Learning to drive safely is an important lesson for teens. Only those who fully understand the gravity of the privilege of driving will take the lessons seriously. There are several things that a parent can do to help their teen understand the fine line between responsible and irresponsible driving.
Teach Things That Don’t Happen Behind the Wheel
Before sliding behind the wheel of the vehicle, teens who are learning to drive should understand the basic mechanics of the vehicle. Making sure a teen can pinpoint a problem that arises while driving not only helps them understand that they should be vigilant drivers, but also makes them more confident in their own problem-solving abilities.
Before taking the car out for a drive the first time, a teen should be able to locate and fill the gas tank, know the meaning of the warning lights on the dashboard and know how to change a flat tire. Teens also need to know that they may not always be in a place where they will be able to get help immediately. They should be able to find and use the vehicle operation manual that is in the glove compartment. (Photo: akarmy, Flickr)
Parents have a tendency to forget what it was like to be behind the wheel for the first time. When they take their teen out for a first driving lesson, most parents begin the lesson with heightened awareness and emotion. They may shout directions, breathe heavily, grab for a place in the vehicle where they can hold on or even press their foot down onto the floor towards an imaginary break
Almost every parent commits one of these mistakes while teaching their teen to drive. Regardless of the show they might put on, most teens are very nervous when they realize they are in complete control of 3000 pounds of metal on four small wheels. Jerky movements, impatient sighs and a negative tone of voice will only make a teen more nervous. One good way to keep this from happening is for a parent to practice how they plan on reacting to situations.
Taking long, deep breaths, speaking in soothing, even tones and attempting to keep their body in a relaxed position not only helps keep the parents from over-reacting, but it also helps the student driver stay in the right frame of mind to learn new driving skills. (Photo: akarmy, Flickr)
Take the Lessons a Step at a Time
Letting a new driver attempt a quick trip down the highway to get a feel for the road is not a good way to start driving lessons. Even those who begin confidently are likely to become shaky once they are driving down a busy road with other cars. Teens should start somewhere with plenty of open space and lots of room for error. The lessons should include forward, reverse, stopping and turning. Country roads with plenty of visibility and parking lots are both great places to begin these lessons.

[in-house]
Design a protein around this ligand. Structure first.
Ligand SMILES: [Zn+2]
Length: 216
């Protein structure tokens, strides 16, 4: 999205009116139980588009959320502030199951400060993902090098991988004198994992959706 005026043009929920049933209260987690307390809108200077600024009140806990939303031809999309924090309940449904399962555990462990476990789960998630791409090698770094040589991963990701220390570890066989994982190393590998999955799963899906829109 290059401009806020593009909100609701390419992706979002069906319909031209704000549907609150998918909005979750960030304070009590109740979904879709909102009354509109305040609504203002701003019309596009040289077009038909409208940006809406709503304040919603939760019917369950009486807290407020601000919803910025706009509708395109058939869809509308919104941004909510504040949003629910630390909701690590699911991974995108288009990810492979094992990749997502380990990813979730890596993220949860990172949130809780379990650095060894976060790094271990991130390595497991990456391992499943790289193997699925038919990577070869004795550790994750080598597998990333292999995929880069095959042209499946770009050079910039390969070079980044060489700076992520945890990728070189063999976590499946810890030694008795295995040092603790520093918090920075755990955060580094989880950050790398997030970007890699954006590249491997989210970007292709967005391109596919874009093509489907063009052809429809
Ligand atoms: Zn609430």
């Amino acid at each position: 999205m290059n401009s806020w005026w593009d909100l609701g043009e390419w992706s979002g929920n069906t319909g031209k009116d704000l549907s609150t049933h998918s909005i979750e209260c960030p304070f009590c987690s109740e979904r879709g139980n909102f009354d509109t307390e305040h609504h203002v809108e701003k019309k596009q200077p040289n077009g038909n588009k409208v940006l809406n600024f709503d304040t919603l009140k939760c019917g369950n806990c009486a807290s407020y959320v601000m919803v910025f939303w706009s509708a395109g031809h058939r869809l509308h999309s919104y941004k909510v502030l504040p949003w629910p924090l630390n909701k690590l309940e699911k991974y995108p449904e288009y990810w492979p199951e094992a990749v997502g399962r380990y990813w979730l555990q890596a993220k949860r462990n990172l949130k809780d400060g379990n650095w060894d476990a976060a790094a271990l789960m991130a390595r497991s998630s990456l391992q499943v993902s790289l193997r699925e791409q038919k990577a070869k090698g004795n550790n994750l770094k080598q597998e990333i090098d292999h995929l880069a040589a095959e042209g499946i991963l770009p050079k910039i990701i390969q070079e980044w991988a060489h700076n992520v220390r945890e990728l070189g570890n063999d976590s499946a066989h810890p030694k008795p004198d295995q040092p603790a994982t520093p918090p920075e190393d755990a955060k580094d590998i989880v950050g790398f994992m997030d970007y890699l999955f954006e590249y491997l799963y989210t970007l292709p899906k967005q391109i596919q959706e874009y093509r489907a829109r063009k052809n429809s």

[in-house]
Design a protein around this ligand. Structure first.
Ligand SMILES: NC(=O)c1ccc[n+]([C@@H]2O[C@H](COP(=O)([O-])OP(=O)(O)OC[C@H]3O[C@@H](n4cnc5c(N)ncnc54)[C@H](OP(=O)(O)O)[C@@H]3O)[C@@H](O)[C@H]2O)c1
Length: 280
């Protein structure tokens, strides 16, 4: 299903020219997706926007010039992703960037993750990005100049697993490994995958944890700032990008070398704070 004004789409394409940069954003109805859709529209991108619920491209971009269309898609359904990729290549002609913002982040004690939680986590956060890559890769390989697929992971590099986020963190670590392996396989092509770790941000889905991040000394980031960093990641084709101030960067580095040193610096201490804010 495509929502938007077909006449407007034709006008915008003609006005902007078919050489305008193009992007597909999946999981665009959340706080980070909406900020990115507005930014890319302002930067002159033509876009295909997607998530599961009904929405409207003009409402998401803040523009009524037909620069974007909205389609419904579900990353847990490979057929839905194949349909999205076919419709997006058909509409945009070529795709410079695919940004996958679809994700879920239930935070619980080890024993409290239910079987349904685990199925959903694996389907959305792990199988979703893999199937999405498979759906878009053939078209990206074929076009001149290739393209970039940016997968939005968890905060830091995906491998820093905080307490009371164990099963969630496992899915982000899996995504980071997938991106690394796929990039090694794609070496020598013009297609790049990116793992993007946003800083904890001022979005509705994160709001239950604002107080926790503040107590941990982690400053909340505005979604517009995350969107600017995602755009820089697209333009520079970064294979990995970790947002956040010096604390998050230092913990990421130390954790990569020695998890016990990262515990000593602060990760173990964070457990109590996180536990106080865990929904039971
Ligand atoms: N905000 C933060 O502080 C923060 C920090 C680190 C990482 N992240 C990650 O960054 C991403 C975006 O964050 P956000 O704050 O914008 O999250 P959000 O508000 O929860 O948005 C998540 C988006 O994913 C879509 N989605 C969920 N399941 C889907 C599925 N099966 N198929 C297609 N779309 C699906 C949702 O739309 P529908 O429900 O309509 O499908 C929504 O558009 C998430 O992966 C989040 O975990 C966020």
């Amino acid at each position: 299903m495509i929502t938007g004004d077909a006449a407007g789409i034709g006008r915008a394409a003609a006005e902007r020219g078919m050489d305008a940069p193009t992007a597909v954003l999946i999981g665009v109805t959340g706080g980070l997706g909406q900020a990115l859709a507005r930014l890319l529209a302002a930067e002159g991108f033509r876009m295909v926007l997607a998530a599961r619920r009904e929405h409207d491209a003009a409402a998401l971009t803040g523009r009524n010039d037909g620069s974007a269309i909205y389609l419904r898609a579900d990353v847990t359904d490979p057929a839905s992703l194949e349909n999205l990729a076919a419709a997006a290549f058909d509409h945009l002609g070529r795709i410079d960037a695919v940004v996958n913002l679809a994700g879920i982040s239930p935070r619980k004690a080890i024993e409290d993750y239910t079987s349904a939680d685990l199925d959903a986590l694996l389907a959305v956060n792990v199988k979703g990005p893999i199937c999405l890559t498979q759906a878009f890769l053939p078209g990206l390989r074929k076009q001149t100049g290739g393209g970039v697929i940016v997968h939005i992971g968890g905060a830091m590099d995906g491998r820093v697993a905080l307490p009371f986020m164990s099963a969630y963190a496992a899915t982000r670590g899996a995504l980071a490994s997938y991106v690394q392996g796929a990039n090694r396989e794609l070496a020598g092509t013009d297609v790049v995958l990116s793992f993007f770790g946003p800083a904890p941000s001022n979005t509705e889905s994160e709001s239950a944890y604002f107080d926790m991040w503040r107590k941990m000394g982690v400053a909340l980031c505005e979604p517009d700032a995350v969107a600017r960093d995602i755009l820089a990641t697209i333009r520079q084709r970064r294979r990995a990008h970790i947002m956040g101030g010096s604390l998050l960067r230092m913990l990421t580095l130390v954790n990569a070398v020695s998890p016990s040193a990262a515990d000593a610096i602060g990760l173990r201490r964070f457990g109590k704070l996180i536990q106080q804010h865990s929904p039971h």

Even when the teen thinks he or she is ready to move to someplace more difficult, it is important that the parent also make sure they feel ready for the child to move on. Lessons that include high speeds and/or close proximity to other vehicles should be left until the teen is completely comfortable behind the wheel and the parent is completely comfortable in the passenger’s seat. (Photo: Andre Um, Flickr)
Be a Good Example
This last tip is probably the hardest to accomplish. However, it is undoubtedly the most important. Teens who see other drivers with road rage, hear inappropriate language or experience driving with those who speed or make reckless decisions while driving are more likely to drive in the same manner. Because teens’ decision making abilities are notoriously impaired, they will assume that if they weren’t injured before, then they won’t be injured now. Just as the teens in this picture are ignoring warning signs on the cliff, teens who are driving may ignore road rules if they believe they can get away without being caught or having an accident.
Parents who stay under the speed limit, obey the rules of the road and are courteous drivers will show their teens that parents also understand that driving is a privilege. Parents should also monitor those with whom their teens ride as passengers. It is important that teens are familiar with the right way to drive so that they can emulate that instead of those who are not respectful of the privilege of driving. (Photo: Richard Masoner, Flickr)